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I have a friend (acquaintance) who fishes several times a week in his boat who catches large striped bass regularly bunker chunking and he keeps them (within the limit). He asked me about the larger striped bass being full of PCB's and mercury, and I said yes they are don't eat them to try and stop him from keeping so many.

 

Well, he is still catching and keeping and I asked why, he said he doesn't eat them anymore, now he just gives them all away. Gee what a nice guy he is.

 

I don't understand why people feel compelled to keep fish whether they eat them or not? To release of fish seems so abhorrent to them.They just don't seem to care about the conservation of these fish regardless of what you say.

 

Even worse, another person from the same dock keeps the fish to feed his dog. Saves off the food bill he says. It makes me sick because the guy is a very very wealthy real estate developer.

 

I just don't get it.

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View PostI have a friend (acquaintance) who fishes several times a week in his boat who catches large striped bass regularly bunker chunking and he keeps them (within the limit). He asked me about the larger striped bass being full of PCB's and mercury, and I said yes they are don't eat them to try and stop him from keeping so many.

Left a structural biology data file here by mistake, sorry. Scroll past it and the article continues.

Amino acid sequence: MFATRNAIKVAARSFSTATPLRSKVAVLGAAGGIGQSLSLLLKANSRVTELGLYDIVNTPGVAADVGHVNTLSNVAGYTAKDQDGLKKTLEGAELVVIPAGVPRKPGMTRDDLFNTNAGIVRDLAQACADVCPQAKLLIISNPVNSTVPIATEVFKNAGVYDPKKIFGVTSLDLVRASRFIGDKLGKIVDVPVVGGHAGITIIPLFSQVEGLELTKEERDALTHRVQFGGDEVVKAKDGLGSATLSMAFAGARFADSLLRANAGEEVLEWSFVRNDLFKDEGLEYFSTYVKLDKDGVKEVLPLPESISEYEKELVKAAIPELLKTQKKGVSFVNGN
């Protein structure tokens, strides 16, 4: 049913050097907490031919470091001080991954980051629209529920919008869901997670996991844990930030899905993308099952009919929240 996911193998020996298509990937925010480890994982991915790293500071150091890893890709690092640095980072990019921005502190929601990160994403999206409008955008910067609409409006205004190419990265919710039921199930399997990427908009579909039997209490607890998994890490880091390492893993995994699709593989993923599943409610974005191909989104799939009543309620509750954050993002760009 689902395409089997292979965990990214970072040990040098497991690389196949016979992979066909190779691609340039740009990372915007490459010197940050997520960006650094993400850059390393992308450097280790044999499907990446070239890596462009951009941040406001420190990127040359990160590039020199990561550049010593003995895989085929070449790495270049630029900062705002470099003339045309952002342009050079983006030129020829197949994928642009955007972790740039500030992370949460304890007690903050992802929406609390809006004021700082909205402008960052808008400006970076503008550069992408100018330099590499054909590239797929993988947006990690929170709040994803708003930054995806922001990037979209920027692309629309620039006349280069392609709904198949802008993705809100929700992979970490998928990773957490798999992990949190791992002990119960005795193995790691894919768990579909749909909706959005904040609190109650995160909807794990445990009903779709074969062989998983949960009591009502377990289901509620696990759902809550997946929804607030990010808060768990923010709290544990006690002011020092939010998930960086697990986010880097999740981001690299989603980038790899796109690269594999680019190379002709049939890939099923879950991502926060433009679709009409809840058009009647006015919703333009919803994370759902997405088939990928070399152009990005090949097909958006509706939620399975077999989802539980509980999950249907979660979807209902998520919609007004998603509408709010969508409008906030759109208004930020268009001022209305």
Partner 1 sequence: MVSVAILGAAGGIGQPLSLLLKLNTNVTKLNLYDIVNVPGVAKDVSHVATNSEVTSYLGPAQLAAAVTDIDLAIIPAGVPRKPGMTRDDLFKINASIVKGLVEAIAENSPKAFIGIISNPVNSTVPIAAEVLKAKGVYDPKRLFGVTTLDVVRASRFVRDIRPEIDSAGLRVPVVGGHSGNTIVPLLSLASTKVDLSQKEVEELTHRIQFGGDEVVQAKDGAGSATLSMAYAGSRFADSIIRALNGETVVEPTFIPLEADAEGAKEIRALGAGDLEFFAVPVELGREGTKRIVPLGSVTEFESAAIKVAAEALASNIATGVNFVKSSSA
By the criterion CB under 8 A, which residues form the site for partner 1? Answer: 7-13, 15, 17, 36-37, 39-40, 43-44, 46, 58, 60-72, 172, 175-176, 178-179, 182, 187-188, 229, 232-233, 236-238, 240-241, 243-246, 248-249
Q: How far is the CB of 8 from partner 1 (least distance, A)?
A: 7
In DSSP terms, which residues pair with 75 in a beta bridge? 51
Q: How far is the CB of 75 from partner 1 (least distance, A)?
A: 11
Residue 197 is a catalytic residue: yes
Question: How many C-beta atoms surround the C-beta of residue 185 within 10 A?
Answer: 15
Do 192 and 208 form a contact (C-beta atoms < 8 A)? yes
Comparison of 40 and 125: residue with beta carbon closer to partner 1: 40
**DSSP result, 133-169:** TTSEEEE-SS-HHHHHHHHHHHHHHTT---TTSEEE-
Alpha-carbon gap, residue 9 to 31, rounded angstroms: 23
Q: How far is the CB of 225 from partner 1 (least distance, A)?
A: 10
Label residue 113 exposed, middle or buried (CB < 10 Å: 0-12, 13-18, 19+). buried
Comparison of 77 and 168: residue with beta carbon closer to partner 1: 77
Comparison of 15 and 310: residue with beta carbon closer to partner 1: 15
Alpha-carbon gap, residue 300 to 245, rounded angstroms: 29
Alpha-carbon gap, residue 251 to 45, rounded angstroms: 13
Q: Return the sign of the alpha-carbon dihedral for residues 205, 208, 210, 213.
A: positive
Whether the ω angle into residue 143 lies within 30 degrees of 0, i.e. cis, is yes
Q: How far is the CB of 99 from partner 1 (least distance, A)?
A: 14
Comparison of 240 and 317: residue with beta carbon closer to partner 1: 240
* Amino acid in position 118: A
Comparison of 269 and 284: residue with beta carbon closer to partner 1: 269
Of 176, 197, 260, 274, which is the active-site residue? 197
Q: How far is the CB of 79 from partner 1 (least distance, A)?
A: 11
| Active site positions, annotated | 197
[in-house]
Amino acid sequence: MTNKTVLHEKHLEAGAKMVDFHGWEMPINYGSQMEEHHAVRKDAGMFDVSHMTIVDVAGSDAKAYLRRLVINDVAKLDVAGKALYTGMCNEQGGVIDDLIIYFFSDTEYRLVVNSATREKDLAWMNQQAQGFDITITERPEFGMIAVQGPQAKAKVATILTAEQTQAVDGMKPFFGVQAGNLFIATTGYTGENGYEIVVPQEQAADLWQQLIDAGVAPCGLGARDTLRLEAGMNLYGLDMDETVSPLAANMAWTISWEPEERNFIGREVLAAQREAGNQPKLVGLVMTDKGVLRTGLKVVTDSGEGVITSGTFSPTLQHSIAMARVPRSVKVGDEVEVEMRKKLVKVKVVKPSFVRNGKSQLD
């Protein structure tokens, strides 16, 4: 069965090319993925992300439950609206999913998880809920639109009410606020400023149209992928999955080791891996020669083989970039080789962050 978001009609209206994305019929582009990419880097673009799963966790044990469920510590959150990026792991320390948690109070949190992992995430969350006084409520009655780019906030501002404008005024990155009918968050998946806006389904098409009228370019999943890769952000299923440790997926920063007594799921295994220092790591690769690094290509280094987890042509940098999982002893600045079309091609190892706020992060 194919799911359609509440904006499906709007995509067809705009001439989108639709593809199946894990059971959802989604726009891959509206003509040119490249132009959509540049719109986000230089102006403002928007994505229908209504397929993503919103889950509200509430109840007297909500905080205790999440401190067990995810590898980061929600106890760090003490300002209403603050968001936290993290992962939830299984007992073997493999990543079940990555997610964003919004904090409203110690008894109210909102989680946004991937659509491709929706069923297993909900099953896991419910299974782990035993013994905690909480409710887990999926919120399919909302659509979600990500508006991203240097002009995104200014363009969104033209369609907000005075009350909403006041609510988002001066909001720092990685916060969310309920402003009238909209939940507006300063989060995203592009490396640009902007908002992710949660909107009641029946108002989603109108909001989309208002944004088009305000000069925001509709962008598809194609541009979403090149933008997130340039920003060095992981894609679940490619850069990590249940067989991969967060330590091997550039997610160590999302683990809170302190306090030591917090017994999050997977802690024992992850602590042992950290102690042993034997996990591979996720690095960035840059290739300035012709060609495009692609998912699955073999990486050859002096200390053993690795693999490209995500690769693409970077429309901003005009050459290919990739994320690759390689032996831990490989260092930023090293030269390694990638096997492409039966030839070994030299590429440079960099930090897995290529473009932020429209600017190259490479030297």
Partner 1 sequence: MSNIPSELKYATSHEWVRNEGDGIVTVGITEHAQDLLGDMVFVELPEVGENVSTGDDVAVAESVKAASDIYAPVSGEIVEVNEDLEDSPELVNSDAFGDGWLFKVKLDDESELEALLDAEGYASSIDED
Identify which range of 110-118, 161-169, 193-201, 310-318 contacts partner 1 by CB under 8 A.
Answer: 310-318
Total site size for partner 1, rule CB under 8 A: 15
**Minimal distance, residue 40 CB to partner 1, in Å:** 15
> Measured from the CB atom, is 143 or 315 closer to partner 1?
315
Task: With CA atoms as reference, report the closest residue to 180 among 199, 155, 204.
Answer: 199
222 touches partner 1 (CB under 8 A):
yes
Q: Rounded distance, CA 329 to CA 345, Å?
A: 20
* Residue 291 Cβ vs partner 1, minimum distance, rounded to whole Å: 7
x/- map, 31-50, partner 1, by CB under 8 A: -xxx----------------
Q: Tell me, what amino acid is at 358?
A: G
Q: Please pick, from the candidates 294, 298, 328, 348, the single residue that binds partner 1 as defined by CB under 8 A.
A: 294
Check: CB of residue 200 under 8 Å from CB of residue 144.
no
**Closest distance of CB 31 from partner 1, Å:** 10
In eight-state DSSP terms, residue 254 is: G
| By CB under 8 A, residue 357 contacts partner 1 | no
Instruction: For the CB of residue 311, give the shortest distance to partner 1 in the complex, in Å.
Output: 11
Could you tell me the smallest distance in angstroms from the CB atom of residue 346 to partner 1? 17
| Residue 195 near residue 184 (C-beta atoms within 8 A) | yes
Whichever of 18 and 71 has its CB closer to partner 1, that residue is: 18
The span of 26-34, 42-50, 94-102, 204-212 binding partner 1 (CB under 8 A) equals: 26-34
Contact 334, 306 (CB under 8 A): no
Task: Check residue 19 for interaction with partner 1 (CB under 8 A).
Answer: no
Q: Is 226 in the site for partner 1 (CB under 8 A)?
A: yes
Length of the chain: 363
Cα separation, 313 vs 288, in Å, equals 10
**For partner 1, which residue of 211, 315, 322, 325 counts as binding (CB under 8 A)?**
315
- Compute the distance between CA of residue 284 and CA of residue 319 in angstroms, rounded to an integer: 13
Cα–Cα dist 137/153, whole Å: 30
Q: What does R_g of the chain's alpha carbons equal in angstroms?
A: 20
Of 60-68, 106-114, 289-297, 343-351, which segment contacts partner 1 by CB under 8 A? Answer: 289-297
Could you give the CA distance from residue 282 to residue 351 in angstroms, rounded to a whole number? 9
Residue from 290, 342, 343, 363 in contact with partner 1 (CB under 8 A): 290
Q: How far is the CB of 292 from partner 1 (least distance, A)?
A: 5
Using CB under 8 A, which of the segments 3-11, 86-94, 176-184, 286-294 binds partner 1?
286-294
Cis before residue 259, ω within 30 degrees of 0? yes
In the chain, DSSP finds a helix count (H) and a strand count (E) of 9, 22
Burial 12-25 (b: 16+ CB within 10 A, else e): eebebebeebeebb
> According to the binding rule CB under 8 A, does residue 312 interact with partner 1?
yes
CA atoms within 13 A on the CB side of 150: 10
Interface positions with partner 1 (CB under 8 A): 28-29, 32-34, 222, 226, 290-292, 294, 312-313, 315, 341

Well, he is still catching and keeping and I asked why, he said he doesn't eat them anymore, now he just gives them all away. Gee what a nice guy he is.

 

I don't understand why people feel compelled to keep fish whether they eat them or not? To release of fish seems so abhorrent to them.They just don't seem to care about the conservation of these fish regardless of what you say.

 

Even worse, another person from the same dock keeps the fish to feed his dog. Saves off the food bill he says. It makes me sick because the guy is a very very wealthy real estate developer.